We exited the metro station, walked about a block, went behind the crumbling wall of a half-built building, wound around an alley filled with sand, and entered a restaurant, the very definition of a hole in the wall. We ate chicken with sauce, meat with sauce, beans with sauce, lentils with sauce, chewy bread with sauce, and roasted whole Nile fish. Unfortunately, the word sauce doesn’t quite convey how delicious it tasted but just take my word for it: the spices were mixed up just right. The fish was also incredible…I plucked hot meat right off the ribs of a fish that someone had just strangled in the Nile itself. What a beautiful thing.

Next week roomies and I are starting a schedule where one of us takes one night a week to cook so hopefully I’ll start getting nourishment soon in the home. I don’t know the nutritional information of Hobnobs but I’m sure a diet solely relying on them is a quick route to scurvy.

This commercial for Panda Cheese, an Egyptian brand of cheese, is really funny. Enjoy.

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Here’s to vomit

Turns out there’s actually quite a bit of homework involved in this “fellowship” thing. I feel like I’ve spend most of the last 2 days plowing through the Yacoubian Building and I still have more work for tomorrow. Will it never end? Answer: most certainly not. But I’m not complaining.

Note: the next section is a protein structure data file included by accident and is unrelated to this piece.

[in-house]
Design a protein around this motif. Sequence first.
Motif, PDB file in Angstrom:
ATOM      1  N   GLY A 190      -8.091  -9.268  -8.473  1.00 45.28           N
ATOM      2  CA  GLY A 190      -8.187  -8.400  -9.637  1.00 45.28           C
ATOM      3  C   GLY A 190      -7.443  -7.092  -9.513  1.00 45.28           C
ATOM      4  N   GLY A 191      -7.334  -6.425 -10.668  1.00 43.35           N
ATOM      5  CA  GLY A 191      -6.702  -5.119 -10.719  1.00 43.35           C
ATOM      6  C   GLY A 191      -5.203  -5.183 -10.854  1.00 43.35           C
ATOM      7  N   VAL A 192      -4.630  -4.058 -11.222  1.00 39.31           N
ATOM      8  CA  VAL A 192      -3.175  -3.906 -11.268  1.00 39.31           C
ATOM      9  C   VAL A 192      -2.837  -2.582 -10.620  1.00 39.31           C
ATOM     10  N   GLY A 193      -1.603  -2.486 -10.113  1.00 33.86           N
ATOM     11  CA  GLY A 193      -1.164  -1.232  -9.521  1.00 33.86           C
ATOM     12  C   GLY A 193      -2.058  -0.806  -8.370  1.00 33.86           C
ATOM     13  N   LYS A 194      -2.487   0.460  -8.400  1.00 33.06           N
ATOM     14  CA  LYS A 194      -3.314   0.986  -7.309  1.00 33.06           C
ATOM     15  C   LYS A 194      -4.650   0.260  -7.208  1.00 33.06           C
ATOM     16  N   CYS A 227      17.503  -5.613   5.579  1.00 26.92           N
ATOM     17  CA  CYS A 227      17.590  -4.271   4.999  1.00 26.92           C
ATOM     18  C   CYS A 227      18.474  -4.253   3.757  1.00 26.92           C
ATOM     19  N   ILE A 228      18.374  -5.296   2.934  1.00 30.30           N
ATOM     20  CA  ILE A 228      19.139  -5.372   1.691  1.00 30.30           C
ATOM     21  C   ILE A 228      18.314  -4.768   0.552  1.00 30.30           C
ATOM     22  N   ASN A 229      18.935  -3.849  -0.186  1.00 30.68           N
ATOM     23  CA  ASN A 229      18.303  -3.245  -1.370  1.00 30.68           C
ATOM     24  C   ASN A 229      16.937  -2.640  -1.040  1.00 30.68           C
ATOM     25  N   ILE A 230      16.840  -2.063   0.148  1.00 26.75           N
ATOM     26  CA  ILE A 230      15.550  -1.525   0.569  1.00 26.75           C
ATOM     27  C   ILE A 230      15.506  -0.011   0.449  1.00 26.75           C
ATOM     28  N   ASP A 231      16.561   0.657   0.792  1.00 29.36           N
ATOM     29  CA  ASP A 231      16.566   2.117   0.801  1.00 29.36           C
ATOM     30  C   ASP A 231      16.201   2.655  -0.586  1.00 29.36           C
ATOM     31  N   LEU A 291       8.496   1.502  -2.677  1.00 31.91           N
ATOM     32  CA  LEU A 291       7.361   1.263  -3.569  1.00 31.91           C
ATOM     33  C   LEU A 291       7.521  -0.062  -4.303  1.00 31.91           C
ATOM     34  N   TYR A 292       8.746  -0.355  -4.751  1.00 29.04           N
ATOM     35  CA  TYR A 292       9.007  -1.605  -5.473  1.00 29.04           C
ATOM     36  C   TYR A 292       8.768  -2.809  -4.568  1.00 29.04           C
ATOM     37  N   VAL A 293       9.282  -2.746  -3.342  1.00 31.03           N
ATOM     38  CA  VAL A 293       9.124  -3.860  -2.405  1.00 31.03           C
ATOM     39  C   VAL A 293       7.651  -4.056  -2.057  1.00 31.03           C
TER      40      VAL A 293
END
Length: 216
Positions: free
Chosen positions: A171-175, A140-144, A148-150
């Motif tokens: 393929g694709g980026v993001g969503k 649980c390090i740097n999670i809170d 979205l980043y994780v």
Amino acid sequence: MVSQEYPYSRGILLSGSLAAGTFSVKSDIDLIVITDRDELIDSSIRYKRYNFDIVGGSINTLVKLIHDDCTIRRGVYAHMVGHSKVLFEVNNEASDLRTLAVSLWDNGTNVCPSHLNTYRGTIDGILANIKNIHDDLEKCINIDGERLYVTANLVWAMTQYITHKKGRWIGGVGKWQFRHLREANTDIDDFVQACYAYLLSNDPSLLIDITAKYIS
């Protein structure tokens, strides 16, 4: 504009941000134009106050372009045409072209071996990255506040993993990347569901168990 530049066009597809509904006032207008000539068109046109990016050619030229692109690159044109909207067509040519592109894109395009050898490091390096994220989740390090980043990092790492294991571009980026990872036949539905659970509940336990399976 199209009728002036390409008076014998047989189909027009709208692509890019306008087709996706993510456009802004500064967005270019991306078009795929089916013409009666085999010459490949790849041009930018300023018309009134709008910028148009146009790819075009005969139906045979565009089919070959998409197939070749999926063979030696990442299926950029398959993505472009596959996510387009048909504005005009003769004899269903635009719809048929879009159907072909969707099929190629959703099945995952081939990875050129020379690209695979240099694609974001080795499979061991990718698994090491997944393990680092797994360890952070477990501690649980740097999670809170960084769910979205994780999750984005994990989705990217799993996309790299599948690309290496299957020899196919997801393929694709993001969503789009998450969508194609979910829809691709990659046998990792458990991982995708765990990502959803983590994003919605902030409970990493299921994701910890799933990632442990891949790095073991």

After being stifled in my apartment all day aside from a misadventure to the grocery store that was characterized by paranoia, confusion, and congestion, I road a boat on the Nile for a little bit and then ended up having a fairly pleasant but perhaps not that interesting of a night with other human beings. We ended up at the Cairo Jazz Club and a really neat band, Station, was playing so we enjoyed moving to the rhythm for a spell before peacing. The band was a fusion of all kinds of styles and I could definitely feel a Sufi inclination in it…the beat in some of the songs felt like trance music and I wanted to let my hair down and float away.

But the story that I want to tell involves vomit and is from a few weeks ago. When we were still newly arrived to Doqqi, roommate and I were walking along one of the main streets and all of the sudden we saw a man that was ralphing up a storm right outside of a pharmacy. It was in the middle of the day and we weren’t sure what exactly was wrong with him, but out of nowhere he just started hurling almost directly in front of us into a drain. It was very strange. No one took notice, or maybe everyone turned a blind eye. I wish I could have done so.